Archives for posts with tag: Sui Zhen

Sui Zhen

Sui Zhen (pronounced Sue-ee Chen) is an experimental pop and performance artist based in Melbourne, Australia.  Becky Sui Zhen Freeman’s music, videos, and performance art explores the intersections between human life and technology – how to exist in the digital age, and the ways in which we risk losing true sight of ourselves in the process. “Another Life” is the opening track of the album “Losing, Linda” released in September last year.

“Another Life” is a soulful slice of experimental electronic music full of subtle dub effects, setting out aspects of the sense of dislocation of human experience in a digital world. During the COVID19 pandemic lockdown people experience the world and connections with other humans remotely through digital devices via the internet, so this ‘new normal’, makes the story told throughout the uneasy futuristic emotional and musical landscape of “Losing, Linda” even more relevant.

 

Sui Zhen Mirror.jpg“Perfect Place” is a track from a new album from Melbourne electronic pop artist Sui Zhen. It’s futuristic arpeggiated electronic conceptual art-pop; part anthromorphic AI robot, part human, and, on “Perfect Place” at least, part Tom Tom Club too.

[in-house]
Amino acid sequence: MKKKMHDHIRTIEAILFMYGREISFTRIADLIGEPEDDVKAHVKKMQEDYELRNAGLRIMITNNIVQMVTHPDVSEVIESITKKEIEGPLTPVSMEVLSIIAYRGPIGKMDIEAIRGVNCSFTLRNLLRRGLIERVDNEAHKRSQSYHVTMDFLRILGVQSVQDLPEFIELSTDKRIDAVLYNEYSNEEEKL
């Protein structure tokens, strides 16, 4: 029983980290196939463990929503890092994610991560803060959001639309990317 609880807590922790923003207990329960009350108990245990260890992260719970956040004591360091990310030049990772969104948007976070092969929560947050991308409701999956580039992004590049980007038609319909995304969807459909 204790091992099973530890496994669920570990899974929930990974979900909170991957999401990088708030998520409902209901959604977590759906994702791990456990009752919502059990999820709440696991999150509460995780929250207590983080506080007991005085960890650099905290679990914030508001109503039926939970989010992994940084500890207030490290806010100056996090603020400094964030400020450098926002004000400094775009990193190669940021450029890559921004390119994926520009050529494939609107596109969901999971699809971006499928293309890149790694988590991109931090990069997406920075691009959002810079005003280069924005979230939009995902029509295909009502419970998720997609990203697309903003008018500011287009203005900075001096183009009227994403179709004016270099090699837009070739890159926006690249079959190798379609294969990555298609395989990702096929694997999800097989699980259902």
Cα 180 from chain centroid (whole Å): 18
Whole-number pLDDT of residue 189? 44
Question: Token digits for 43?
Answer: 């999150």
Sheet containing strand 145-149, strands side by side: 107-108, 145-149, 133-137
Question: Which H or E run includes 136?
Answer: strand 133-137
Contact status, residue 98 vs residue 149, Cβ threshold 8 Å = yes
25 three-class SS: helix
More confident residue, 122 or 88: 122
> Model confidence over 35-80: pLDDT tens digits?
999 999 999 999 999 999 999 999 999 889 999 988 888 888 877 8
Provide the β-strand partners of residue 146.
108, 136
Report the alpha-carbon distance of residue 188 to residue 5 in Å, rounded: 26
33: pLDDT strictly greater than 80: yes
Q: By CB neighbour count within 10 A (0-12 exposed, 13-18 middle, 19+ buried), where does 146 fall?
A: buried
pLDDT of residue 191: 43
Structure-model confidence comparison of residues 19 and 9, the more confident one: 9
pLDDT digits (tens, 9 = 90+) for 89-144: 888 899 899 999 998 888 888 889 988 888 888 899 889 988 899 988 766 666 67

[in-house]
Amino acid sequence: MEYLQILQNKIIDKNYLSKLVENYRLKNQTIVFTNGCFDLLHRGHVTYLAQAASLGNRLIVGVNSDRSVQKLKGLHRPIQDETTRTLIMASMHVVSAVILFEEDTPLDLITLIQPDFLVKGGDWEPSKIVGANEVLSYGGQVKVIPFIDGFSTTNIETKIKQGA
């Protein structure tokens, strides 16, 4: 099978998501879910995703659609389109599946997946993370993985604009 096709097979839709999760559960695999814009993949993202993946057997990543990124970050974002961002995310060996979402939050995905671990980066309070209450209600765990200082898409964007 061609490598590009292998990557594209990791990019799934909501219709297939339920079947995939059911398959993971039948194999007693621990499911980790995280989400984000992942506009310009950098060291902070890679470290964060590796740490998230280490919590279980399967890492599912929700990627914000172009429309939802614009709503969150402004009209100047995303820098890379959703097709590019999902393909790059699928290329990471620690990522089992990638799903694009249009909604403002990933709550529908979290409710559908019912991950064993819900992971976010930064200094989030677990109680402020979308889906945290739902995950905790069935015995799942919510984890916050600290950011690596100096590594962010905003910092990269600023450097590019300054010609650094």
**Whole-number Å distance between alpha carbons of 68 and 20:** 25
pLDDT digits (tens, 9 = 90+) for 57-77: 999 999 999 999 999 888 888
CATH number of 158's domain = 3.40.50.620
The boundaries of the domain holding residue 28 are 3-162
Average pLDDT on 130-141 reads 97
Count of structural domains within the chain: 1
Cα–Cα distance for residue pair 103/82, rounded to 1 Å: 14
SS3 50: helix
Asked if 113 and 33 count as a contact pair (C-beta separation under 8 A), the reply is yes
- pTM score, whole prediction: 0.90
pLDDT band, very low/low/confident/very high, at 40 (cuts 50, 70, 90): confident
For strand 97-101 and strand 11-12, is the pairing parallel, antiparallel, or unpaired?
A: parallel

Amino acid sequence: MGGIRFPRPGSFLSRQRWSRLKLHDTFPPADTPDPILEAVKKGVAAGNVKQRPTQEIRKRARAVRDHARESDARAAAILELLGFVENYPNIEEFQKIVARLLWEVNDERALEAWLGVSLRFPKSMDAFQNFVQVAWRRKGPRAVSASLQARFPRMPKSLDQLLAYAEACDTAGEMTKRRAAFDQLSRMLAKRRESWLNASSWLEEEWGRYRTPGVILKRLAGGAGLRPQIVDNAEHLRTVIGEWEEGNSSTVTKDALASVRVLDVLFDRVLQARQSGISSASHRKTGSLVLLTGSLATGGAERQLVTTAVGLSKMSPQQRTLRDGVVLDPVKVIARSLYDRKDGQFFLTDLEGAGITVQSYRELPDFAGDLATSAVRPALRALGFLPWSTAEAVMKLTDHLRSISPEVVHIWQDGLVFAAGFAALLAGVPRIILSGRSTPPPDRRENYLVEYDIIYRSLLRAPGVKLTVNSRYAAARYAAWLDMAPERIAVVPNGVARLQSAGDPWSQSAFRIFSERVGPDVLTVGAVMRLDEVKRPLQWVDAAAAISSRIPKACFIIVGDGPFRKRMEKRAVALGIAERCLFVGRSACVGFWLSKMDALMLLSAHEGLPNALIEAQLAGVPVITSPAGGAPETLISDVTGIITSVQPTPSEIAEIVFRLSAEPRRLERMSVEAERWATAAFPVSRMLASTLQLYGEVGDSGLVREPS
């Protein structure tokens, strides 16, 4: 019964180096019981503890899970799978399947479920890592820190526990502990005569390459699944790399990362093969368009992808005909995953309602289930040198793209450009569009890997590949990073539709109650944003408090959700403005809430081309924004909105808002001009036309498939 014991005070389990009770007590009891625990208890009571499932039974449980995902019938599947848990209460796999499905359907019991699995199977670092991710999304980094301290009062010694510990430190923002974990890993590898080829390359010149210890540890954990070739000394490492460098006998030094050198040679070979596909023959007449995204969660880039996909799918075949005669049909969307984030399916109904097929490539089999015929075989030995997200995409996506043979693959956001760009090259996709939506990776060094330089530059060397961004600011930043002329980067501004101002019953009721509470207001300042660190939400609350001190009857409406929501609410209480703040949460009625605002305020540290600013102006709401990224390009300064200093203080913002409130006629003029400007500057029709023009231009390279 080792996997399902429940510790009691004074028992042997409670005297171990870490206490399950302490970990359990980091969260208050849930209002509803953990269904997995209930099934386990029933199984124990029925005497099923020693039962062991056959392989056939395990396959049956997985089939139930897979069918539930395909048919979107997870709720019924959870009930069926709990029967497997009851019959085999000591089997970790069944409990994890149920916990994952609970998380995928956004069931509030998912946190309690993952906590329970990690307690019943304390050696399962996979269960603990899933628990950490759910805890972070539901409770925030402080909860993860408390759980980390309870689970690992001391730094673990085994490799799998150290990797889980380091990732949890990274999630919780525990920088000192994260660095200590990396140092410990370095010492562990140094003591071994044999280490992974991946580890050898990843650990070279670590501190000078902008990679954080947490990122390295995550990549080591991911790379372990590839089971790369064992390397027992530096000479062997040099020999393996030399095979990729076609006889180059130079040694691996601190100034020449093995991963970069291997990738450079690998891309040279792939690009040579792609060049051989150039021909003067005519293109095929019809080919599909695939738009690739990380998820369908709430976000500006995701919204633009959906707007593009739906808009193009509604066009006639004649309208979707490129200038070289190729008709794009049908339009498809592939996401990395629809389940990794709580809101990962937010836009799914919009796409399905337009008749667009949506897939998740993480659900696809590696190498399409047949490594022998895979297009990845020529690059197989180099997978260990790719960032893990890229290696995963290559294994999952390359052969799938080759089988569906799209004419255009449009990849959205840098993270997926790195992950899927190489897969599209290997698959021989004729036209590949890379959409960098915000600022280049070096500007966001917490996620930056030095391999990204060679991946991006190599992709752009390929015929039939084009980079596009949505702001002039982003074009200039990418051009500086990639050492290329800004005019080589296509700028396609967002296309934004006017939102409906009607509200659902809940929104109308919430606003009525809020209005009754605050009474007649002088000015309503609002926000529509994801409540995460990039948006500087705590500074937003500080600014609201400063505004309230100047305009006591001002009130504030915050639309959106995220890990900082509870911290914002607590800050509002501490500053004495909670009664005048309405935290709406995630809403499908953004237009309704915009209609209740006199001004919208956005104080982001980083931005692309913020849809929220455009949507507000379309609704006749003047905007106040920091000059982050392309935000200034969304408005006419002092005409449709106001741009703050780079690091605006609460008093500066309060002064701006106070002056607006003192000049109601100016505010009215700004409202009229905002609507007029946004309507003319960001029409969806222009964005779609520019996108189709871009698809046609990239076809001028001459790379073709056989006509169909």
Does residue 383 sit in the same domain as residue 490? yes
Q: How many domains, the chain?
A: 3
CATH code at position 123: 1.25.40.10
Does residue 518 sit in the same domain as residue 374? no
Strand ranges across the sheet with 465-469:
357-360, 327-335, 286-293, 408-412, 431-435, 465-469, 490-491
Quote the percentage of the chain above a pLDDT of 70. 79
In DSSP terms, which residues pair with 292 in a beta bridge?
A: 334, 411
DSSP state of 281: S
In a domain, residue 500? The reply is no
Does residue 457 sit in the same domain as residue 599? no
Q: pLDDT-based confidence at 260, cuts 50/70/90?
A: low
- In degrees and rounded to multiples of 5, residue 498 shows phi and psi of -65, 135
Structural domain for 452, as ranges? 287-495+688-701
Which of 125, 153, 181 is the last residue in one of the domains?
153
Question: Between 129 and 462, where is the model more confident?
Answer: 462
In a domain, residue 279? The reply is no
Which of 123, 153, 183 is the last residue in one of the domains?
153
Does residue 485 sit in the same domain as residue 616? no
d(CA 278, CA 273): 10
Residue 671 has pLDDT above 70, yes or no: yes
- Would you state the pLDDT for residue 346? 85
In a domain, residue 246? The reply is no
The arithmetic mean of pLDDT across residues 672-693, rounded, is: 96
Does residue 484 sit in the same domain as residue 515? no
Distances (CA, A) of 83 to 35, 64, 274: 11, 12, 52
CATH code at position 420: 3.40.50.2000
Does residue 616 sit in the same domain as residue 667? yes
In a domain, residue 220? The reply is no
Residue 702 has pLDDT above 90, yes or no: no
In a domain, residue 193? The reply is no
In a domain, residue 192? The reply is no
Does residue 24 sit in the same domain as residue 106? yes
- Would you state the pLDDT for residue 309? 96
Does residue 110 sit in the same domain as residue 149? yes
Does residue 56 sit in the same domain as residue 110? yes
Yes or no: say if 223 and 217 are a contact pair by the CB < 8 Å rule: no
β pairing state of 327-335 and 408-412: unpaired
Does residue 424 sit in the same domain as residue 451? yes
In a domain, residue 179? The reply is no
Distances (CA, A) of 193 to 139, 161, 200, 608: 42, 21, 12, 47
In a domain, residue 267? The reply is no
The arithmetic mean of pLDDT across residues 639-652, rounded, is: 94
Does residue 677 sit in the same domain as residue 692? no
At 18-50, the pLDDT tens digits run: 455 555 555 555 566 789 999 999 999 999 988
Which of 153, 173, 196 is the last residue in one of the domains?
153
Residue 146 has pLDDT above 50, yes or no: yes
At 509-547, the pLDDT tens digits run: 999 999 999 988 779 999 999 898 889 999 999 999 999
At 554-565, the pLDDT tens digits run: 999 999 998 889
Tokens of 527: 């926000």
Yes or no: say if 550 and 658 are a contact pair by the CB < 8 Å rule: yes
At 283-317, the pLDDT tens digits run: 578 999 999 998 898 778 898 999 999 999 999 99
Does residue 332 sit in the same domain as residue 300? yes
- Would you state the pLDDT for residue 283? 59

Sui Zhen (pronounced Sue-ee Chen) is an experimental pop and performance artist exploring the intersections between human life and technology – how to exist in the digital age, as well as the ways in which we risk losing true sight of ourselves in the process. The album “Losing, Linda” is due out in September.

“It’s an album about missing people after they are gone and trying to pre-empt loss – not only loss of life, but memory and information,” Sui Zhen explains. “I see it mirrored in our increasing need for data storage. Why are we collecting and documenting so much, anyway?” “It’s also a simple ghost story about being haunted by our other versions and our past selves,” she continues. “Our mothers, fathers, ancestors – that possibility that another may exist, intangible in the physical realm, but ever present in memory, so long as memory functions.”

The album-release promises to be more than just music though. The album will also be accompanied by what is described intriguingly as “a digital ecosystem.” There’s a disorienting preview of what that may be like in this Sui Zhen audio-visual web installation here and a perfectly disturbing video for the song too: